Subj: How to Turn the World into Your Gym with Street Workouts and Advanced Calisthenics.
Street Workouts sculpt some of the most aesthetic and athletic physiques I’ve even seen.
The raw strength and power possessed by people who are street workout pros amazes me.
Street workouts are proof you can get ripped without weights. You you need is a little creativity and persistence and you can get jacked and strong like a bull.
Plus you can pull off some cool stunts at the drop of a hat no matter where you are.
You can turn yourself into a human flag using a lamp post or planche on a picnic table.
You can get a great workout anytime, anywhere using nothing but your own body and whatever props happen to be around you!
(If you want to skip right to the workout, scroll to the end of this post.)
Why Street Workouts are Awesome
Besides the coolness factor of being able to spontaneously turn everyones head, there are a lot of health benefits to street workouts.
Street workouts are performed with your own bodyweight, so there’s low injury risk compared to weight training.
Over the past few years, I’ve given a lot of thought to the idea of bodyweight training, advanced calisthenics and street workouts.
My main motivating factors being health reasons and the pursuit of honest and balanced training.
I’ve come to the realization that calisthenics can train your muscles in ways weights can’t:
Moving your body through space at an infinite amount of angles and positions trains every singe muscle fiber in your body at once. Fast twitch or slow twitch, everything is engaged and working together to some degree while performing a handstand or planche.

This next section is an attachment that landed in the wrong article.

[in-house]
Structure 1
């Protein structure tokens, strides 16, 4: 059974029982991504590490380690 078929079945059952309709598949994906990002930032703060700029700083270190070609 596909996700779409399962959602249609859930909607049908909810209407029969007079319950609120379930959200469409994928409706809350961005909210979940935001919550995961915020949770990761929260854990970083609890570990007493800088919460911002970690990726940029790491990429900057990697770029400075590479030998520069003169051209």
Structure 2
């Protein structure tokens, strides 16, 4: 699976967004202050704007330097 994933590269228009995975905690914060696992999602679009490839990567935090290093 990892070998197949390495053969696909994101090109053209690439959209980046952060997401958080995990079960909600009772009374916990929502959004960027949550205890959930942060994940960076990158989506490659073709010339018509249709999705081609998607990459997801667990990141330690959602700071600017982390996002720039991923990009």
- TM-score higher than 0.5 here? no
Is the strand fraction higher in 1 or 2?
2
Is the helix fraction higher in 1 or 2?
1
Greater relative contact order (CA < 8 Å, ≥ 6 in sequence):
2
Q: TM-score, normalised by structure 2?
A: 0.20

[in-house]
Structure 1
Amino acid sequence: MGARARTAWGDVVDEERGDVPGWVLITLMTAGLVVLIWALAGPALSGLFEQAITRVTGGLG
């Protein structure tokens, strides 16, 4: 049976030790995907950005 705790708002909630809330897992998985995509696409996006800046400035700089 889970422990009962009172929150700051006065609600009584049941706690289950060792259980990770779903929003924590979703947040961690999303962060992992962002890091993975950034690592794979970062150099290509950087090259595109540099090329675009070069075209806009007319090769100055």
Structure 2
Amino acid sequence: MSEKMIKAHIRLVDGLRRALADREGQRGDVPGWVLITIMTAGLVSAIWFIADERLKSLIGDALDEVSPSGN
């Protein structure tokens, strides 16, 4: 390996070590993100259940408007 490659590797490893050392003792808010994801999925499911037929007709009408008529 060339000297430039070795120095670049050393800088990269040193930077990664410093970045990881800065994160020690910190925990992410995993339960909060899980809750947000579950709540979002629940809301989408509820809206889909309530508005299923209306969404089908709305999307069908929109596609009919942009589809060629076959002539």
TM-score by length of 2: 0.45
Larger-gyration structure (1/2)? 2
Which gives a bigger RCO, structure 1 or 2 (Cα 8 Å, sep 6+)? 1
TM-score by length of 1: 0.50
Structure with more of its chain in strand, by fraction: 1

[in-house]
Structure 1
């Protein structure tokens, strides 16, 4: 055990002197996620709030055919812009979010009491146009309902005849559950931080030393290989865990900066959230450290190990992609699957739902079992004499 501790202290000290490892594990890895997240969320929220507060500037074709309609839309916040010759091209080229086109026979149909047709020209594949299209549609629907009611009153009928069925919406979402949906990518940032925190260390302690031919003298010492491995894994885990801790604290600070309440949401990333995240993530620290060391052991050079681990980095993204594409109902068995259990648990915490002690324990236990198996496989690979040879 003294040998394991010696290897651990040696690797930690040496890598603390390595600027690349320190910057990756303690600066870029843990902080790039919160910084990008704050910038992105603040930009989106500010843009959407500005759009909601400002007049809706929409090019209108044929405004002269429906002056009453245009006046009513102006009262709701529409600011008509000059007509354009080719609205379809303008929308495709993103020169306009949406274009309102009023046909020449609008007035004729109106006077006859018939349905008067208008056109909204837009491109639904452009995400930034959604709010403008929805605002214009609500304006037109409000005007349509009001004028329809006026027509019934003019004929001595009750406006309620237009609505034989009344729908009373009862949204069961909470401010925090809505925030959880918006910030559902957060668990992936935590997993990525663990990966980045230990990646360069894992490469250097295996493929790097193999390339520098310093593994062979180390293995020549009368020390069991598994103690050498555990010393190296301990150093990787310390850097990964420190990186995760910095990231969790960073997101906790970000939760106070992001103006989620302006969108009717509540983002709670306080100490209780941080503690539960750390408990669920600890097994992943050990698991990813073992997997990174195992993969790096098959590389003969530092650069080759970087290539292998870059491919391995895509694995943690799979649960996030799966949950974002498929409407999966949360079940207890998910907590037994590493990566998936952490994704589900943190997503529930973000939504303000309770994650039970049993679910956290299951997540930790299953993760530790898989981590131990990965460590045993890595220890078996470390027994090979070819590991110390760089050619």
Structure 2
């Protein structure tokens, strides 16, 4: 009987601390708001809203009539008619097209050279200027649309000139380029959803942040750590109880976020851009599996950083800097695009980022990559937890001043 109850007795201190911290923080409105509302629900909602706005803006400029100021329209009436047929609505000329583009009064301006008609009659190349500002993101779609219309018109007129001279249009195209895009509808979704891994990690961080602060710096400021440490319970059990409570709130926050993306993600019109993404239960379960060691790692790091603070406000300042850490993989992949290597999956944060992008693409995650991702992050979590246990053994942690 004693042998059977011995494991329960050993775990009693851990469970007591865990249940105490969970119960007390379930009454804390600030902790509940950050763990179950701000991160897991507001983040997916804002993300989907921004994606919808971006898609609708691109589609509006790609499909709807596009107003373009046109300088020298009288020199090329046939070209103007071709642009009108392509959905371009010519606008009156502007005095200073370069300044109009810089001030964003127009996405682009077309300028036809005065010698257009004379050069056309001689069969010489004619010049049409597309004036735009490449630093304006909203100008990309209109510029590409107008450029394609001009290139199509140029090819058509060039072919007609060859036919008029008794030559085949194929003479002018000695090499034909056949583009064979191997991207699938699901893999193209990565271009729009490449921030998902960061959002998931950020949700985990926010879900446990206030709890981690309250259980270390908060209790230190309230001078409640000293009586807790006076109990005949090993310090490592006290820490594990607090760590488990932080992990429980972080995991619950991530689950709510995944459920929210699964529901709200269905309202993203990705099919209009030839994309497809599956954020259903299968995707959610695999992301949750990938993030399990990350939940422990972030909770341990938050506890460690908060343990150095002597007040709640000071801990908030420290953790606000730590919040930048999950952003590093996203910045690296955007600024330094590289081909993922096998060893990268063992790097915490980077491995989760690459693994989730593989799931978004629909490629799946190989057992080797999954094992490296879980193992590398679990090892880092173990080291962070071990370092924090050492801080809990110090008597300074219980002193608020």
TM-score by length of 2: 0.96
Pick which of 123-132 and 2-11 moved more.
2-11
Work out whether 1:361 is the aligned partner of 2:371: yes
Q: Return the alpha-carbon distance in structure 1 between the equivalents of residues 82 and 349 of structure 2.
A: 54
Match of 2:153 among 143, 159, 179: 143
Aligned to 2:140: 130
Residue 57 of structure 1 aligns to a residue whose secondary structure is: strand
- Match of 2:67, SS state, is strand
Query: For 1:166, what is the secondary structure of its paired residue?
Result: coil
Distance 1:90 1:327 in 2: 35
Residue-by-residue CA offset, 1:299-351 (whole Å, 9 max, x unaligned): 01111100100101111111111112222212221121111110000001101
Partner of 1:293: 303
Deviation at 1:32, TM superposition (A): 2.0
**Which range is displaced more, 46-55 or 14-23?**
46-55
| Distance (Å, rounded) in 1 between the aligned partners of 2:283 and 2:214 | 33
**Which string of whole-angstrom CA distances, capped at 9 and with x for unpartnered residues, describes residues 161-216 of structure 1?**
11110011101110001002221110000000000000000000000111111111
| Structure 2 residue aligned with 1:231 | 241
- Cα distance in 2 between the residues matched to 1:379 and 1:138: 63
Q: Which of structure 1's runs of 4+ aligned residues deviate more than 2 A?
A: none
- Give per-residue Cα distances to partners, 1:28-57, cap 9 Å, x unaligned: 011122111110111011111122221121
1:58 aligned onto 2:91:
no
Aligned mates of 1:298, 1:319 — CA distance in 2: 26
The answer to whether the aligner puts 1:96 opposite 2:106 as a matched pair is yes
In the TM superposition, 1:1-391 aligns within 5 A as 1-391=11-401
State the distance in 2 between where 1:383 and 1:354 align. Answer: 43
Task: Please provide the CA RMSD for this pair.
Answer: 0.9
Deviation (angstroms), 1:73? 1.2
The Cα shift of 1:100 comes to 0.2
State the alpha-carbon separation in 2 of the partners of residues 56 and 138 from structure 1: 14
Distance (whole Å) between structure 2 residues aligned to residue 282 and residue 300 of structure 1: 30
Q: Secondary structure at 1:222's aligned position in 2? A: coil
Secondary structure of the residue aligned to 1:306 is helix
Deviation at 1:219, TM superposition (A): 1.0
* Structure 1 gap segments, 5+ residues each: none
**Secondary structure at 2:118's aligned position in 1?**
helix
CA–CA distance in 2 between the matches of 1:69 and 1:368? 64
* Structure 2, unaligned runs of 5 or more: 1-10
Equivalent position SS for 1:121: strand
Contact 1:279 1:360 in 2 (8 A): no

Calisthenics are the epitome of the phrase “It’s you verses you”, because that’s exactly what it is – you using your body to strengthen and shape your body. Using your creativity and unique mechanics to advance yourself.
Pretty empowering stuff once you realize you inherently possess everything you need to get in great shape.
For example, take a look at olympic gymnasts or Ido Portal. Their bodies are incredible: balanced, symmetrical and extremely strong.
For this article, I’ve enlisted the help of Street workout extraordinaire, Sean B.
Street Workout Training (How to Turn the World into Your Gym)
One day I ran across Sean’s Instagram – @be_impervious, were I saw him turn himself into a flag.
He was suspended several feet in the air, with arms and body fully extended and completely parallel to the ground, gripping a metal post.
“That’s freakin’ awesome”, I said to myself. So I checked out more stuff on his Instagram.
He also pulls off some pretty cool aerial stunts and trains with a unique variety of training you won’t find in a conventional gym.
More than that, this dude is ripped and looks like he’s carved from granite and is undeniably strong.
I was so impressed Sean’s by the strength, balance and body control displayed in his pictures and videos that I reached out to him to learn about his training.
What follows is a great message for anyone looking to try their hand at street workouts.
Sean shares some valuable insight and wisdom making this quick read worth your time. He talks about his experience and approach to street workouts, his fitness philosophy, diet and advice for beginners.
For this point on, Sean’s words are italicized and my questions that I asked him are in bold text.
Why did you pick the name ‘be impervious’?
Honestly, ‘The Impervious’ came to me spontaneously when I was thinking of a name for a character in a video game long ago.
I liked the way it sounded, but didn’t have any idea what it meant, so I just adopted it.
The word basically means impenetrable and unchanging, which is a concept that began to resonate with me as I got older and life got harder.